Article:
Connected TVs have reached a large majority of U.S. Internet homes, according to a new report from The Diffusion Group. The research firm found that nearly three out of four Internet homes in the U.S. possess an Internet-connected TV. The 74% penetration rate is nearly 50% higher than in 2013, when connected TVs were found in half of US broadband homes.
TDG said that penetration level places connected TVs in the so-called “late mainstream phase of its trajectory.”
As a result, year-over-year growth is slowing. Connected TV penetration increased 22% from 2013 to 2014, then 15% from 2014 to 2015, but only 4% from 2015 to 2016.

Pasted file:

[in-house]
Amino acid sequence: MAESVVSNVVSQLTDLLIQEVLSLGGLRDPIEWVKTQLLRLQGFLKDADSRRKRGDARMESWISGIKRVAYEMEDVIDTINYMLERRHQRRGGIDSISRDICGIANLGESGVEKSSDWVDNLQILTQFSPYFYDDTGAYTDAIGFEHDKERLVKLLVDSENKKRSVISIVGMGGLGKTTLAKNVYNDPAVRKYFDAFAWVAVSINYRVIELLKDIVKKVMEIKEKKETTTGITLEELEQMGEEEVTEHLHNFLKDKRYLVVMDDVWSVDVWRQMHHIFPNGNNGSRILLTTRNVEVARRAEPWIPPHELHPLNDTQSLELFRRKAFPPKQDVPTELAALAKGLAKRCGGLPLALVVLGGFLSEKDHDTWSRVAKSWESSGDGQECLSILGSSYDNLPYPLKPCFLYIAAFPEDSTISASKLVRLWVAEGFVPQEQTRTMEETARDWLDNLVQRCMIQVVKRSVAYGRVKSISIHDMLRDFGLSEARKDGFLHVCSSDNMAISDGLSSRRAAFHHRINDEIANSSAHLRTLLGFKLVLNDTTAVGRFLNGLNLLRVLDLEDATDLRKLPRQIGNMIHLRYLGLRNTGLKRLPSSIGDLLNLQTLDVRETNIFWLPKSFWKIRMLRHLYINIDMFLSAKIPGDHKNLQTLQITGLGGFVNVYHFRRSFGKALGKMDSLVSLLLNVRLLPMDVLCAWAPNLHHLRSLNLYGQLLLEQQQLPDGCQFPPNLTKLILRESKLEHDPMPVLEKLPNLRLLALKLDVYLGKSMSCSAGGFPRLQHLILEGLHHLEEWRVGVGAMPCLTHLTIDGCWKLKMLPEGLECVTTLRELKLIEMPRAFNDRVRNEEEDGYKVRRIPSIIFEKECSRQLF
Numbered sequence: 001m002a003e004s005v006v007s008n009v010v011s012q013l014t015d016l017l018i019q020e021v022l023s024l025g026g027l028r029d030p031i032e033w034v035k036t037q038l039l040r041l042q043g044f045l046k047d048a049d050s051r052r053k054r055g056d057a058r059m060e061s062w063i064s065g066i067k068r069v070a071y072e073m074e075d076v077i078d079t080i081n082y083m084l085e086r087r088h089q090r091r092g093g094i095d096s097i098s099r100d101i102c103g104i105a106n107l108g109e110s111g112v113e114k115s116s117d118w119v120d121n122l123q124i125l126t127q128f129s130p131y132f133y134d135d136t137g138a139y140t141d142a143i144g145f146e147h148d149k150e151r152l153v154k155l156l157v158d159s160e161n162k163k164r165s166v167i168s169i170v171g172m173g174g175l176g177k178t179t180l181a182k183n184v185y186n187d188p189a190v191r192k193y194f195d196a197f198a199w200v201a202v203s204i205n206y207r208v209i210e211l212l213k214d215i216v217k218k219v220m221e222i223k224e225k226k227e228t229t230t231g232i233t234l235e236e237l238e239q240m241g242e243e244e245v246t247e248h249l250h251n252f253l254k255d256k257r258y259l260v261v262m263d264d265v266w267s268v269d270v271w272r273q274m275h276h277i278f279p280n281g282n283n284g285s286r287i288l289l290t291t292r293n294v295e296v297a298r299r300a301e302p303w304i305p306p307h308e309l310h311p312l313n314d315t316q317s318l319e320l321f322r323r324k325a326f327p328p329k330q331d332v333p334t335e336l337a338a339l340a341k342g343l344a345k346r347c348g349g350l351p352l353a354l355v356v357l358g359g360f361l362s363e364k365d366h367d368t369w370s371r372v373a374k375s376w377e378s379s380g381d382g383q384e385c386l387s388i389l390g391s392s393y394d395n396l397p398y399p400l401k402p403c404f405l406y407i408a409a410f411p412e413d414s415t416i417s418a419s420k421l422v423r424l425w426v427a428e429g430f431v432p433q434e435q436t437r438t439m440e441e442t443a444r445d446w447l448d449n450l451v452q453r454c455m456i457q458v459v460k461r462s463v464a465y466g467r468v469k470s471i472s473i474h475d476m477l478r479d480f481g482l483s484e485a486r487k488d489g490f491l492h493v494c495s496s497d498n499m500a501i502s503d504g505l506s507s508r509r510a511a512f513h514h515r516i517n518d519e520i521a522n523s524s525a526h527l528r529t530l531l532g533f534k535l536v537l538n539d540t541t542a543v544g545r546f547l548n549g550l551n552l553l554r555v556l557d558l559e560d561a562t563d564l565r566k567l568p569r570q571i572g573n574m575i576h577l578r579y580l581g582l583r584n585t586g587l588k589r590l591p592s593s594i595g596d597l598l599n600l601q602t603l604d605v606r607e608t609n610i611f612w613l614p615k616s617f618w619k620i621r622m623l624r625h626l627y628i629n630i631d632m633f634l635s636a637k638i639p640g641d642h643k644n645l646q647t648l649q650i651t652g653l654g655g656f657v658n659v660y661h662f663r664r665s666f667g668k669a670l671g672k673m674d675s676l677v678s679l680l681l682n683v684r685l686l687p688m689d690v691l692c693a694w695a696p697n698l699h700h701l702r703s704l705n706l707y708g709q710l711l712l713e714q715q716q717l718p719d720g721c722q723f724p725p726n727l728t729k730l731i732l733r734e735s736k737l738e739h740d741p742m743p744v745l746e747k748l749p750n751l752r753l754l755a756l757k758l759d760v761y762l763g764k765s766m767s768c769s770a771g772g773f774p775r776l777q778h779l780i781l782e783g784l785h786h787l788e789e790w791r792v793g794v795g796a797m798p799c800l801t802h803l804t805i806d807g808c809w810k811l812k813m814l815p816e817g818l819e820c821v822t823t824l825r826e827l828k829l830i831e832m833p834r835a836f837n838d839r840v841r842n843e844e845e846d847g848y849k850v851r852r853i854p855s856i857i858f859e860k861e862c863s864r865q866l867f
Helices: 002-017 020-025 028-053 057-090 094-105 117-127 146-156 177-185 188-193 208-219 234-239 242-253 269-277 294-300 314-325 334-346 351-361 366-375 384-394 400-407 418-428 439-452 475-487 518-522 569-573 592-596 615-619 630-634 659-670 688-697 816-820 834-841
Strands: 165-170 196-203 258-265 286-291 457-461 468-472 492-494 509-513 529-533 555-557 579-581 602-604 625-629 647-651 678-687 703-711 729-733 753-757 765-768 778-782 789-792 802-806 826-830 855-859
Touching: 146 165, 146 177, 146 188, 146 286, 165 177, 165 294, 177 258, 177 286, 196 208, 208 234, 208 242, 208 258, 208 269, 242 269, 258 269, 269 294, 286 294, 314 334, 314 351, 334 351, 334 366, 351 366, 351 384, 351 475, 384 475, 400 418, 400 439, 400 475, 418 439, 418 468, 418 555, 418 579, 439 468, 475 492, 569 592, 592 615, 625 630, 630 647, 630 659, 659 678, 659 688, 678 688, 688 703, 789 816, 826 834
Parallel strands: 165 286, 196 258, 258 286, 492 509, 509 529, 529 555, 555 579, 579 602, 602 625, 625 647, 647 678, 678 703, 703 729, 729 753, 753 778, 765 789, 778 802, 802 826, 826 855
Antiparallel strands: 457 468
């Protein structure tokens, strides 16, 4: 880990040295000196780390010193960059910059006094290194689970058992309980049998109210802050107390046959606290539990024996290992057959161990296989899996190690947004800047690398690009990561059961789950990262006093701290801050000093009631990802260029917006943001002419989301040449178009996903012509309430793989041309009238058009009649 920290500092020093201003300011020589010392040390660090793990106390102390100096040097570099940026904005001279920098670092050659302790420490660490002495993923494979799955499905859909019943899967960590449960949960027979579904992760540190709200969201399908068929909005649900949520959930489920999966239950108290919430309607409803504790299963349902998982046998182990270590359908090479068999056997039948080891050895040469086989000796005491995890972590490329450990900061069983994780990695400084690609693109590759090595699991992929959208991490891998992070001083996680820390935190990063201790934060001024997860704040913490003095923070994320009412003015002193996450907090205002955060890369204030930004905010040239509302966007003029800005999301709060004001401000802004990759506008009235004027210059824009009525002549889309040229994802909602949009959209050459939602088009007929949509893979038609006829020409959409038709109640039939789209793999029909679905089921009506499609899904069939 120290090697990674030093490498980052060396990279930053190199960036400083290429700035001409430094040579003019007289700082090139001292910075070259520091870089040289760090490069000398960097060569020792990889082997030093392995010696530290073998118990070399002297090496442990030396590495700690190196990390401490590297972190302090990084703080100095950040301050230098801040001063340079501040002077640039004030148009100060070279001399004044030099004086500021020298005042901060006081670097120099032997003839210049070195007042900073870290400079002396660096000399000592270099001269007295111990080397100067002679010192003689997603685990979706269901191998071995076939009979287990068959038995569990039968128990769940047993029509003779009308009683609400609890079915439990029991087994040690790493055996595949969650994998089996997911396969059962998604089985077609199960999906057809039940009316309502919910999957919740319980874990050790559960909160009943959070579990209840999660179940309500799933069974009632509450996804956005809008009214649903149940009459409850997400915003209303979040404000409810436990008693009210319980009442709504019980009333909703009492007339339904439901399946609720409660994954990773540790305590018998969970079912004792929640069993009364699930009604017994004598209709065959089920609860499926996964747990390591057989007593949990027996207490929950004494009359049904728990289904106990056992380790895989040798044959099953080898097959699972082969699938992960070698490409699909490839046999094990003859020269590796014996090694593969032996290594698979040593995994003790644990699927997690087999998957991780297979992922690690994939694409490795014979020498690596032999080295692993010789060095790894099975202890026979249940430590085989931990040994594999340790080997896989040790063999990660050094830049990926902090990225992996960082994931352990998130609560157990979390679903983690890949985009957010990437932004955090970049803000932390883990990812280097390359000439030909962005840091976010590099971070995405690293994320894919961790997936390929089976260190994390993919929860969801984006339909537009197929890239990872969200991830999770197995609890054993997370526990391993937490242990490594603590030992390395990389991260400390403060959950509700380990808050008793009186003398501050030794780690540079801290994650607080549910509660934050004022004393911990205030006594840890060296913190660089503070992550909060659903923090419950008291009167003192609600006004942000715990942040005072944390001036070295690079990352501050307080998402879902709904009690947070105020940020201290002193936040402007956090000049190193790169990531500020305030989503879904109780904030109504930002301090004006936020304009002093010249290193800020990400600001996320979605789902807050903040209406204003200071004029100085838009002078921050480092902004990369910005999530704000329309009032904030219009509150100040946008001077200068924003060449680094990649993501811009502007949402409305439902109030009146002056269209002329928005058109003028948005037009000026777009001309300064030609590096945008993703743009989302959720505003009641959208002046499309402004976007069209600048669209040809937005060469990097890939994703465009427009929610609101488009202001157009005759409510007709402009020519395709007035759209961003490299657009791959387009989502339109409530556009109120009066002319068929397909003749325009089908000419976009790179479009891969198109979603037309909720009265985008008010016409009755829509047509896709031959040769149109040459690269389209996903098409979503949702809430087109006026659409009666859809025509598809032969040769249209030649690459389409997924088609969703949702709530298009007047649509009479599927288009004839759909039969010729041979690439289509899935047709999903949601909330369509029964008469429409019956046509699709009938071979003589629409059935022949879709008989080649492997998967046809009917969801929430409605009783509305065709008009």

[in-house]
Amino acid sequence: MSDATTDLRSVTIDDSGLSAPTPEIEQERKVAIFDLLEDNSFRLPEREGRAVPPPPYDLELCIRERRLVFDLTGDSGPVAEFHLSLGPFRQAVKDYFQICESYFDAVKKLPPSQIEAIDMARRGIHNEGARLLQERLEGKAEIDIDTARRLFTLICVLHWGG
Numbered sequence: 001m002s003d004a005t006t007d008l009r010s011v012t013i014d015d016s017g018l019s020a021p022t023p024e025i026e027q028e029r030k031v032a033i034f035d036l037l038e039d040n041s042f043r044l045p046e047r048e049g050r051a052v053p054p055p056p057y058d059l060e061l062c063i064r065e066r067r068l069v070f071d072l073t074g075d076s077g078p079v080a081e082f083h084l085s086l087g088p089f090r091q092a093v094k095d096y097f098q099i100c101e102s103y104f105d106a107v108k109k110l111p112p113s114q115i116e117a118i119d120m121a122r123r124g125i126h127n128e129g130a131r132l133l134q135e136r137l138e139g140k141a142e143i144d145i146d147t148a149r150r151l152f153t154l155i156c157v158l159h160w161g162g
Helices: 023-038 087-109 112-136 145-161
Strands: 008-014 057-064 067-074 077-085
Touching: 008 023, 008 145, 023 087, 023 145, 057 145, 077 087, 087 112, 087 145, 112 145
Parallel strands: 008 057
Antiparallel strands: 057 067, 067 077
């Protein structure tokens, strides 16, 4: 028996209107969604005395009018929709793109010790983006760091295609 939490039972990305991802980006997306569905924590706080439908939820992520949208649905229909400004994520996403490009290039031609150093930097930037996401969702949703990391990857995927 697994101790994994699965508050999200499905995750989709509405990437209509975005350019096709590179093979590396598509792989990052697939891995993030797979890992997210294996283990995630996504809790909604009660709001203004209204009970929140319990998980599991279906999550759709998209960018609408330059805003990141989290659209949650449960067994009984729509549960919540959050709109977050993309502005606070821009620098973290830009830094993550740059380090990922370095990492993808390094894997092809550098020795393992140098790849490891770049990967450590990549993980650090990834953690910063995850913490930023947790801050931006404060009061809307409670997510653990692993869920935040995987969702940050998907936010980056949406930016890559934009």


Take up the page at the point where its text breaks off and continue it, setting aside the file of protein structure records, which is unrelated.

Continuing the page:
This pattern suggests the market is closing in on its natural saturation point for such services.
But are these sets plugged in? The NPD Group has said that more than 238 million installed devices will be connected to the Web to deliver TV streaming content from now until 2019, representing 59% growth. Connected TVs will account for 45% of that growth in the next four years, while streaming media players will comprise 35% of the growth. By the end of 2019, 43% of U.S .Internet homes will own at least one streaming media player, like Roku or Chromecast.
But many will turn to the connected set first. About 32% of over-the-top TV users would rather have connectivity on a smart TV than a separate device, according to TDG’s research. Game consoles were second at 25% of OTT users, with streaming devices third at 17%.
Smart TVs win top spot because of convenience: Users don’t have to switch to another device.